L’Arc-en-Ciel Concert Seating Shenanigans Get Ticket Sellers in Trouble with Regulators

The Yomiuri Shimbun

After concertgoers who paid for prime seats in front of the stage were ushered to less desirable spots last year, three companies involved in holding live concerts by the rock band L’Arc-en-Ciel were ordered on Wednesday to clean up their act.

The Consumer Affairs Agency said Thursday it had ordered the companies to take preventive measures under the Law Against Unjustifiable Premiums and Misleading Representations in the sales of tickets.

The agency claimed that the companies, all based in Tokyo, had displayed a venue map that showed seating that appeared closer to the stage than it actually was when selling the tickets.

The agency issued the order Wednesday, recognizing the case as one of representations that may mislead consumers as to the quality of goods — the first such case for a live concert.

The situation affected about 24,000 audience members, who were assigned to downgraded seats away from the stage.

The companies that received the order include On The Line Inc., a concert planning and management company, and Maverick DC, the band’s management agency.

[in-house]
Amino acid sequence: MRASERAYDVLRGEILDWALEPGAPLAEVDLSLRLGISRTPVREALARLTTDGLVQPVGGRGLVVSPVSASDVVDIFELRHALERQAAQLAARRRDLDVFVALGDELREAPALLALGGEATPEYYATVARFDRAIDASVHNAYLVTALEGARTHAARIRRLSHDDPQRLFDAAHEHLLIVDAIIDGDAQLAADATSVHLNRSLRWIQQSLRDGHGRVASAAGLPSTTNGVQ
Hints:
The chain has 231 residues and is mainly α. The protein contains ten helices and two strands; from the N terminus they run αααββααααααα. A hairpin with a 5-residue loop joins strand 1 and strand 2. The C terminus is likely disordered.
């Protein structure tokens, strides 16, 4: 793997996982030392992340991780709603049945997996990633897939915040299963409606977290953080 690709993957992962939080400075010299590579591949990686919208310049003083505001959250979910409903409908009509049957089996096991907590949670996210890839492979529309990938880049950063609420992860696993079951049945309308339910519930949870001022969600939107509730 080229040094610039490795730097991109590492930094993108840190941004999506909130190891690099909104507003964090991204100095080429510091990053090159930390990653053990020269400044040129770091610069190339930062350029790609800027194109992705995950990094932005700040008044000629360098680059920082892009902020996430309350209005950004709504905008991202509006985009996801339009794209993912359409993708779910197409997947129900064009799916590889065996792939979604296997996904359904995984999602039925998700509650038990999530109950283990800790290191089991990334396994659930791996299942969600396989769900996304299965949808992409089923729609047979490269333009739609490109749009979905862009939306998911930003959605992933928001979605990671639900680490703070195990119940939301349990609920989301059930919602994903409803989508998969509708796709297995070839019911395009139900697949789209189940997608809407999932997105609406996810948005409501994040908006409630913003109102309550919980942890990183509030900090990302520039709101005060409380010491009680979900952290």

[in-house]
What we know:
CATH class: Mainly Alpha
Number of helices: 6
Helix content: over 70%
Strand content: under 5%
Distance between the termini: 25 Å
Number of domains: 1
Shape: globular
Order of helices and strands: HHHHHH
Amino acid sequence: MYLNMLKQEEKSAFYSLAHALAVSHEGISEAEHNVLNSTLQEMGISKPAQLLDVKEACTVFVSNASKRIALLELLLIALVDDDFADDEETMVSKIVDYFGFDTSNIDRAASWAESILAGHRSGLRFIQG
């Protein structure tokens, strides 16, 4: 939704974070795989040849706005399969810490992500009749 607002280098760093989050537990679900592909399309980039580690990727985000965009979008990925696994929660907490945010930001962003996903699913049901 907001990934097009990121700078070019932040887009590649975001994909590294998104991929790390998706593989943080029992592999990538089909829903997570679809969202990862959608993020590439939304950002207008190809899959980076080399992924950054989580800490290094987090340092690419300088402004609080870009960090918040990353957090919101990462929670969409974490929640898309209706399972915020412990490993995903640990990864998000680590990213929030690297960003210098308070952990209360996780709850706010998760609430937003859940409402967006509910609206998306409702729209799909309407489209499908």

According to an announcement by the agency, in January 2022, the three companies began selling tickets for L’Arc-en-Ciel’s 30th anniversary concerts scheduled at Tokyo Dome on May 21-22 the same year.

The venue map shown online indicated that SS seats (¥22,000) would be located close to the stage on what is ordinarily a baseball field, while S seats (¥16,500) would be in the first-level stands and the A seats (¥11,000) would be located in the balcony and second-level stands. However, just three days before the concert, the SS seats were expanded into the first-level stands area and the S seats were also allocated in the second-level stands, while nominally maintaining the initial seating categories.

The reason behind the move was that the SS seats were greatly oversold — about 14,400 tickets for about 6,600 seats — and some of the S and A seats had to be pushed back farther from the stage.